Even during the former period of stronger economic growth, many economists presciently warned that the high level of household debt was a lag factor on the Thai economy. The debt now represents nearly ฿186,000 for every person living in Thailand. At a time of strong economic headwinds, it is now, unfortunately, a bigger problem than ever.
An assistant governor at the Bank of Thailand on Monday warned about the danger of Thailand’s growing amount of household debt and the potential negative repercussions of reduced income levels for some borrowers impacted by the contraction of exports and an overall slowing of growth.
A full report on the state of the Thai economy was presented on Monday from the National Economic and Social Development Council. It did not tell us anything that came as a surprise but one thing stands out. The steadily increasing level of household debt not particularly in debt to GDP ratios which is the normal quoted figure but the absolute figure for money borrowed by Thai individuals from banks and institutions.
The figure has climbed steadily quarter by quarter since the beginning of 2017 and now stands at a massive ฿13 trillion. That’s ฿185,710 for every person living in Thailand if we were to assume a population of 70 million approximately.
Non-performing debt rose 10% in the second quarter even as personal borrowing grew
Economists have always known that the issue was holding back the economy but the effect in the current economic slowdown could be more severe. The figures on Monday showed non-performing loans rising by 10% and suggested growth in personal borrowing of 9.2% in the second quarter of the year from Thailand’s retail banks.
Thai economy is still growing – sluggishly
Figures released in recent days for July show the Thai economy is still, in fact, growing albeit at a very reduced rate but the effects of the sharp contraction in exports has been filtering through and has even led to a slight rise in unemployment for the second quarter even though the unemployment level is still below that of last year at 0.98%.
It should also be noted that from incomes in Thailand in real terms grew from last year even when compared with the second quarter, helped by lower than expected inflation.
Bank of Thailand closely monitoring the issue
The higher level of household debt is concerning the economic heads at the Bank of Thailand. Titanun Mallikamas who is an assistant governor at the bank said this on Monday: ‘We are closely monitoring household debts, as Thai families are vulnerable to an income shock during the economic slowdown.’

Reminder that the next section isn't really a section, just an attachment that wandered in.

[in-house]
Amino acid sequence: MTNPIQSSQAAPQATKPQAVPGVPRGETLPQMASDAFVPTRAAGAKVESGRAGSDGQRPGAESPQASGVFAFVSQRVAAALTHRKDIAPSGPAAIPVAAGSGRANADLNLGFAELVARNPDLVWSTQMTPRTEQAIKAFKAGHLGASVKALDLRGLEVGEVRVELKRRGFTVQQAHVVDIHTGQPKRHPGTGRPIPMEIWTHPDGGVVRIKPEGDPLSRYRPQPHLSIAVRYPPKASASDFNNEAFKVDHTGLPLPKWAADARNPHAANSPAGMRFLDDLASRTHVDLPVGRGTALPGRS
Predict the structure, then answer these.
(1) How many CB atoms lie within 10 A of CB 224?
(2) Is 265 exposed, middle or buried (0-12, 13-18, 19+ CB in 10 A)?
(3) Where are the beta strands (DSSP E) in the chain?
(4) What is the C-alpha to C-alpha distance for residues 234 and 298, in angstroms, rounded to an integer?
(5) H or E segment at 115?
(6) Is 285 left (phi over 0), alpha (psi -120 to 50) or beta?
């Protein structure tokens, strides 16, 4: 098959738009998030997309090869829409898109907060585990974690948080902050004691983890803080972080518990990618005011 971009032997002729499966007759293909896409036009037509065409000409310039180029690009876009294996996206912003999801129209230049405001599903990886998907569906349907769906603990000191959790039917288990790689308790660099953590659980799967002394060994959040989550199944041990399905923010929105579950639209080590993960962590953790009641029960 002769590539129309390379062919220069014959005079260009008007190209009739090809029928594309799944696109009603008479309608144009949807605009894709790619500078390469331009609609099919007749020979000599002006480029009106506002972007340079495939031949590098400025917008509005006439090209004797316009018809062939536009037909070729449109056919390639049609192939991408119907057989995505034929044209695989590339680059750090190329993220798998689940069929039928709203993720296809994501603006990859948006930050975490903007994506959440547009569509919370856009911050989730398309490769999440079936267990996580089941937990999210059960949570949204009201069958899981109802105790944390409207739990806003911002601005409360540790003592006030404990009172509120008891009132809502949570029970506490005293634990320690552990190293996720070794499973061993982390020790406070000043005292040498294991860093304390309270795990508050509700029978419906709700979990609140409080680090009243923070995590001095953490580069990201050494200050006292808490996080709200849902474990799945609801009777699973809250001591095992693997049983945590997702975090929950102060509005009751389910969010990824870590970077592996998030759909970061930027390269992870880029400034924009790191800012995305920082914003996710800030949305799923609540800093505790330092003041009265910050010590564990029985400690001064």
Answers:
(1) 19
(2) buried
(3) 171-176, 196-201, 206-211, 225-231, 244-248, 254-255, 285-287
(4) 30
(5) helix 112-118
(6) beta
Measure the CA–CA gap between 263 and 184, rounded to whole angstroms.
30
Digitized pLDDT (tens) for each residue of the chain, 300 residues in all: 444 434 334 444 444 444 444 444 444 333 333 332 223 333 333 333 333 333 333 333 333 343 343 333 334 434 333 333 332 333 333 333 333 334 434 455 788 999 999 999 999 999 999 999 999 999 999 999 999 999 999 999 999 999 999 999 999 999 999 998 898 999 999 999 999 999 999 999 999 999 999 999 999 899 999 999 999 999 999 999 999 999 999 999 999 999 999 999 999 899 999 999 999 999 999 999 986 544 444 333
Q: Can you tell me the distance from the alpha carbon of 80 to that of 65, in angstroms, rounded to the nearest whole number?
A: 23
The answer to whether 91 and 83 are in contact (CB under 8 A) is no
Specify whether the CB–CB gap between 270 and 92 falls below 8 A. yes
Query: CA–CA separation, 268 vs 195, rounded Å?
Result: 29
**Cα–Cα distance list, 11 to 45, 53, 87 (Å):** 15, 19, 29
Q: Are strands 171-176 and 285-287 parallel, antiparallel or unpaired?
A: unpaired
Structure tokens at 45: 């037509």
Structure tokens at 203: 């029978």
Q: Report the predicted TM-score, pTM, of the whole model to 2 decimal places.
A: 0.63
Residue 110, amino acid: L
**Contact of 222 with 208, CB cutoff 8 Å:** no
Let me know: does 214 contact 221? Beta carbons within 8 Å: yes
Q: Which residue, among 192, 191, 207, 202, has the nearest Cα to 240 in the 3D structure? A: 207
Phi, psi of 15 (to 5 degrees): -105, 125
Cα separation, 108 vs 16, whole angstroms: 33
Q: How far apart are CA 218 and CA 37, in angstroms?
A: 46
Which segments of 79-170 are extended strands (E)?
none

Lower inflation rate for August at 0.57%
For hard-pressed consumers, there is some good news with a very low inflation figure for August at 0.57%. This and the slowing of growth may have been another impetus for the Bank of Thailand when it strikingly lowered interest rates last month by 25 points against market expectations.
It is still not certain that they will follow it with a further cut but many analysts believe this may happen as the evidence is that the domestic economy appears to be slowing down.
Still more people at work in the non-agricultural sector despite the slowdown in economic growth
The areas that appear to be most strongly hit by the slow down are storage and transport, building, agriculture, education and the hotel sector. The hotel sector shows a marginal drop in employment of over 1%.
The figures actually show that there were 1.5% more people employed in the second quarter of the year in the non-farming sector of the Thai economy. Things might be slowing down but it would appear many Thai people still want to work and can find it.
New pattern of online employment emerging
The National Economic and Social Development Council has highlighted what it sees from the economic data as a rise in employment in areas such as couriers and delivery services linked with internet-based firms. It is calling on the Thai government to legislate for what is now emerging as a new pattern of work. The objective of such legislation would be both protect workers rights and to uphold consumer rights.
Hopes rest on improved tourism prospects, economic stimulus but for many, debt is a heavy burden
A bright spot appears to be a pick up in tourism with minister Phiphat Ratchakitprakarn predicting a record-breaking year despite some mid-year pessimism from hotels and tourist businesses in Pattaya and Phuket.
The effects of the government’s economic stimulus measures should also soon have a bearing.
While the central bank is this week warning of the dangers of a shock deterioration in income prospects for overborrowed consumers and workers, this might be something that is already happening and may explain what appears to be a remarkable downturn caused since the beginning of the year.
฿13 trillion headache
Even when the economy was growing in recent years, many economists had been persistent in warning about the lag factor caused by high levels of household debt, nearly ฿13 trillion of a headache spread across millions of Thai families.